It is easy to go to the store and buy a product that promises you a brighter smile, but do you know what’s in the package? What’s in the product that gives your teeth some much-needed white? Don’t just purchase a teeth-whitening product just because it says it can work. Read this article and find out more.
Dull, stained, and yellow teeth – no one loves them. Sometimes we bring those conditions on ourselves, other times it could be an underlying issue. Whatever the case, the search for beautiful smiles has turned the teeth whitening industry into a billion-dollar venture.
If you are in your thirties like me, then you know that whitening your teeth wasn’t exactly among your priorities growing up. You’d brush your teeth every morning and evening, eat right, and maybe visit the dentist once in a while to take care of a few molar problems. Some would say that was the perfect world.
It wasn’t, though. Sometimes playing it safe as we did just doesn’t cut it. Plaque creeps up on you, and you only notice it when you’re old enough to realize that your teeth aren’t as attractive as most. All the teeth whitening ads get to you, and you decide to give it a try. Before you rush to buy just any product for your teeth, there are a couple of things you need to know.
Major Ingredients To Look For In Teeth Whitening Products
Any bleaching agent can be strong, especially in high percentages. Bleaching agents in teeth whitening products are popular because they can eliminate deep and external stains on teeth.
Not just any bleaching agents are good for your teeth. Hydrogen peroxide is often used in teeth whitening toothpaste and products to assist in brightening. However, only small amounts of this bleaching agent are safe for regular use. Too much and you risk getting sensitive gums and teeth.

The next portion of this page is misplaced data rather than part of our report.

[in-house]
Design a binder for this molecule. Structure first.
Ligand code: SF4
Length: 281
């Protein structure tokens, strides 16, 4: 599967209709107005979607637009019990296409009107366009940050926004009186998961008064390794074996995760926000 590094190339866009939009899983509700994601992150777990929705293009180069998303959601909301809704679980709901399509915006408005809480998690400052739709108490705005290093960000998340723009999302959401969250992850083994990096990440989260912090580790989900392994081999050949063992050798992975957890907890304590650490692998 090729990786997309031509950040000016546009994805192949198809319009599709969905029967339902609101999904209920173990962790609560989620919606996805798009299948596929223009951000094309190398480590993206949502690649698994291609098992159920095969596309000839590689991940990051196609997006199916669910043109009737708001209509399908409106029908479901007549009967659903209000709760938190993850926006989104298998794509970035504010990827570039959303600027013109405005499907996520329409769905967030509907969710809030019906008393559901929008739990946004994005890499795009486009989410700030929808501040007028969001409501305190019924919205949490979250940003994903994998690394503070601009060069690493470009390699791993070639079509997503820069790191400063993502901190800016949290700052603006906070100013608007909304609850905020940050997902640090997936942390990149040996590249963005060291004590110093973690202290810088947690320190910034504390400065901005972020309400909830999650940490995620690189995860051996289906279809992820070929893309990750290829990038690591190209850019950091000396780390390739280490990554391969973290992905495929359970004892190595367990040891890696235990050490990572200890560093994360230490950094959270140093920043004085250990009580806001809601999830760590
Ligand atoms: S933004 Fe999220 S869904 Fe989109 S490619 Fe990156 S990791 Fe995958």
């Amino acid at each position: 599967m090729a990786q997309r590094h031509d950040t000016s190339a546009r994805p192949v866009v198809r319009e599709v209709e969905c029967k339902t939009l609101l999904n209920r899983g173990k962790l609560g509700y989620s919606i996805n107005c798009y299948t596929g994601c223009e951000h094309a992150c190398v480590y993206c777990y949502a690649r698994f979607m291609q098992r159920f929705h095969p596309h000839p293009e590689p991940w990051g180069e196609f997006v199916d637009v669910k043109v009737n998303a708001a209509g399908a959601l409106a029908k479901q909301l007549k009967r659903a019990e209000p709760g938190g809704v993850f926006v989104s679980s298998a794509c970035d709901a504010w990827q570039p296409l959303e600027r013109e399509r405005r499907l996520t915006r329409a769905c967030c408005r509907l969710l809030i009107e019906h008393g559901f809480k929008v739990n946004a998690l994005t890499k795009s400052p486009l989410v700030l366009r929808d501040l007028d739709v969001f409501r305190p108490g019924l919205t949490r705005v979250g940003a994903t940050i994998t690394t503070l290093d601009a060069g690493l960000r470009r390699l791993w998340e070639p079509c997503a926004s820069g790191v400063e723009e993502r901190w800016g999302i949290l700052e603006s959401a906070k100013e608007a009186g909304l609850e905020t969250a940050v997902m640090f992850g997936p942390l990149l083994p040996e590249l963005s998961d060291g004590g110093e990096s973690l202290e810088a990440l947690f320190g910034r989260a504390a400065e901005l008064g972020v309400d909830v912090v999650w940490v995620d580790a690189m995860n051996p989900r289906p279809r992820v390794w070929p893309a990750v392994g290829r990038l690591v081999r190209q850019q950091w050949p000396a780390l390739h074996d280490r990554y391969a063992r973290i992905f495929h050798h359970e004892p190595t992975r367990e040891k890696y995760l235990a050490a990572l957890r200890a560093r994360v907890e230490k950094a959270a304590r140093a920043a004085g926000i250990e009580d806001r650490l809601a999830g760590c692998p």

You’ve probably noticed that some products contain hydrogen peroxide and others have carbamide peroxide. Carbamide peroxide breaks down into hydrogen peroxide to whiten your teeth. Though the results in these two compounds are the same, carbamide peroxide works faster than hydrogen peroxide.
Or baking soda, if you may. If you would rather steer clear from bleaching agents found in most teeth whitening products, you could try baking soda. As a mild abrasive, it can get rid of the stain-causing bacteria in your mouth and on your teeth.
Though it is less harsh compared to bleaching, the whitening properties are only superficial. If your teeth stains are much deeper and heavy, a natural ingredient such as baking soda may not be highly effective.
There are few other natural options to whiten your teeth, but peroxides and sodium bicarbonate are at the top of the list if you want results.
Many other inactive ingredients work together with the main to give you better teeth. Before picking any product, natural or a bleaching agent, consult with your dentist first. He or she will tell how extensive your staining is and whether bleaching your teeth would be a good option for you.